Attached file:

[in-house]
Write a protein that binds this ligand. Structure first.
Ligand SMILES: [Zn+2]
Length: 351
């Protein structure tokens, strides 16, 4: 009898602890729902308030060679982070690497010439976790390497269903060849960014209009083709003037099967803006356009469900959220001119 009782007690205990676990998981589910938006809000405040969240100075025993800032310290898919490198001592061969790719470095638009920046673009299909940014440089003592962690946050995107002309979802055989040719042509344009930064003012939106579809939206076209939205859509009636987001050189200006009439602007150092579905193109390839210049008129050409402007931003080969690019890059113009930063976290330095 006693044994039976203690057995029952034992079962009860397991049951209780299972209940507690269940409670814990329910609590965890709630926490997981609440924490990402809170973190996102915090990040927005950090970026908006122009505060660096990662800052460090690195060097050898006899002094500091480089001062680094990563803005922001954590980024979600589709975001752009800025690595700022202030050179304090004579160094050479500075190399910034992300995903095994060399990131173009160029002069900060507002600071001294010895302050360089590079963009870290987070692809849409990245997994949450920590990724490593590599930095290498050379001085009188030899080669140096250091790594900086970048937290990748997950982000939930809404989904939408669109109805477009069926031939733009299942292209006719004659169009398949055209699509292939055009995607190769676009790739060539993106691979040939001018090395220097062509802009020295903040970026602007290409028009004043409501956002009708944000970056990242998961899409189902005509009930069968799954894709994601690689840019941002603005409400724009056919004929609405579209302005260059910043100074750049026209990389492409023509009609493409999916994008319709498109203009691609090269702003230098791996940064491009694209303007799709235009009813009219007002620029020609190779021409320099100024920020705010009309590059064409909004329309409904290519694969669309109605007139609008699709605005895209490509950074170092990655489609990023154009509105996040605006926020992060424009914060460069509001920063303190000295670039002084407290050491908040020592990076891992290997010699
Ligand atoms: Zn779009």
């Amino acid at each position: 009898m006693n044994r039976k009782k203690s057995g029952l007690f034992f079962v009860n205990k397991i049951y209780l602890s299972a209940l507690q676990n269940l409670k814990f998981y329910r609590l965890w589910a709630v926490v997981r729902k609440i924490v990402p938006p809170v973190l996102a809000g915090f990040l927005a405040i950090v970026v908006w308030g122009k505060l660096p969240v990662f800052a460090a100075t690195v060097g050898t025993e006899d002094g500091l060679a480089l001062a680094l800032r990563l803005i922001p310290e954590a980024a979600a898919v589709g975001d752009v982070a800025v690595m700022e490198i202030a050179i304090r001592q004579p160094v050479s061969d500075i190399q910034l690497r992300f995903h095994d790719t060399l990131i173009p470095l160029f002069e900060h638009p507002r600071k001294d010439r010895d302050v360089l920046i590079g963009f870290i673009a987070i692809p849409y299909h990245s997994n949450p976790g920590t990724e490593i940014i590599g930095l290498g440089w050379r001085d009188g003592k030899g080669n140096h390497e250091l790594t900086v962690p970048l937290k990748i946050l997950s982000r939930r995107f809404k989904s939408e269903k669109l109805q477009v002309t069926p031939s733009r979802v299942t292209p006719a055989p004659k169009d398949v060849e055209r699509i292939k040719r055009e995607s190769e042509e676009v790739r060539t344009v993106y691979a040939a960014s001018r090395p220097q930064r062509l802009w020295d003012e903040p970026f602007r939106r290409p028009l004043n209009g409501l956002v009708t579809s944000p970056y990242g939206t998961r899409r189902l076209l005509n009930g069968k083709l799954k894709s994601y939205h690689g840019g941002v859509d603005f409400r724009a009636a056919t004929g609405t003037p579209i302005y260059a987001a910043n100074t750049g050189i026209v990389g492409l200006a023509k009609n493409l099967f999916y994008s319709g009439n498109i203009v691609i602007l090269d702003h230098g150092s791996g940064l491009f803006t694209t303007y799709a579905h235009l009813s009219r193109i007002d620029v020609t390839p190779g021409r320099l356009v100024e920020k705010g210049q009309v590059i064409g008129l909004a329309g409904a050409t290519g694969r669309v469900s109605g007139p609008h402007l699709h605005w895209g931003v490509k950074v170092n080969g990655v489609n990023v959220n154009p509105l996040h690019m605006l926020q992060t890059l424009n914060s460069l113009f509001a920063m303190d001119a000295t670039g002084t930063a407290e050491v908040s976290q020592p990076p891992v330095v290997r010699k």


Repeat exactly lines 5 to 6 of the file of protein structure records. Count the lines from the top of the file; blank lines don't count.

């Protein structure tokens, strides 16, 4: 009898602890729902308030060679982070690497010439976790390497269903060849960014209009083709003037099967803006356009469900959220001119 009782007690205990676990998981589910938006809000405040969240100075025993800032310290898919490198001592061969790719470095638009920046673009299909940014440089003592962690946050995107002309979802055989040719042509344009930064003012939106579809939206076209939205859509009636987001050189200006009439602007150092579905193109390839210049008129050409402007931003080969690019890059113009930063976290330095 006693044994039976203690057995029952034992079962009860397991049951209780299972209940507690269940409670814990329910609590965890709630926490997981609440924490990402809170973190996102915090990040927005950090970026908006122009505060660096990662800052460090690195060097050898006899002094500091480089001062680094990563803005922001954590980024979600589709975001752009800025690595700022202030050179304090004579160094050479500075190399910034992300995903095994060399990131173009160029002069900060507002600071001294010895302050360089590079963009870290987070692809849409990245997994949450920590990724490593590599930095290498050379001085009188030899080669140096250091790594900086970048937290990748997950982000939930809404989904939408669109109805477009069926031939733009299942292209006719004659169009398949055209699509292939055009995607190769676009790739060539993106691979040939001018090395220097062509802009020295903040970026602007290409028009004043409501956002009708944000970056990242998961899409189902005509009930069968799954894709994601690689840019941002603005409400724009056919004929609405579209302005260059910043100074750049026209990389492409023509009609493409999916994008319709498109203009691609090269702003230098791996940064491009694209303007799709235009009813009219007002620029020609190779021409320099100024920020705010009309590059064409909004329309409904290519694969669309109605007139609008699709605005895209490509950074170092990655489609990023154009509105996040605006926020992060424009914060460069509001920063303190000295670039002084407290050491908040020592990076891992290997010699
Ligand atoms: Zn779009």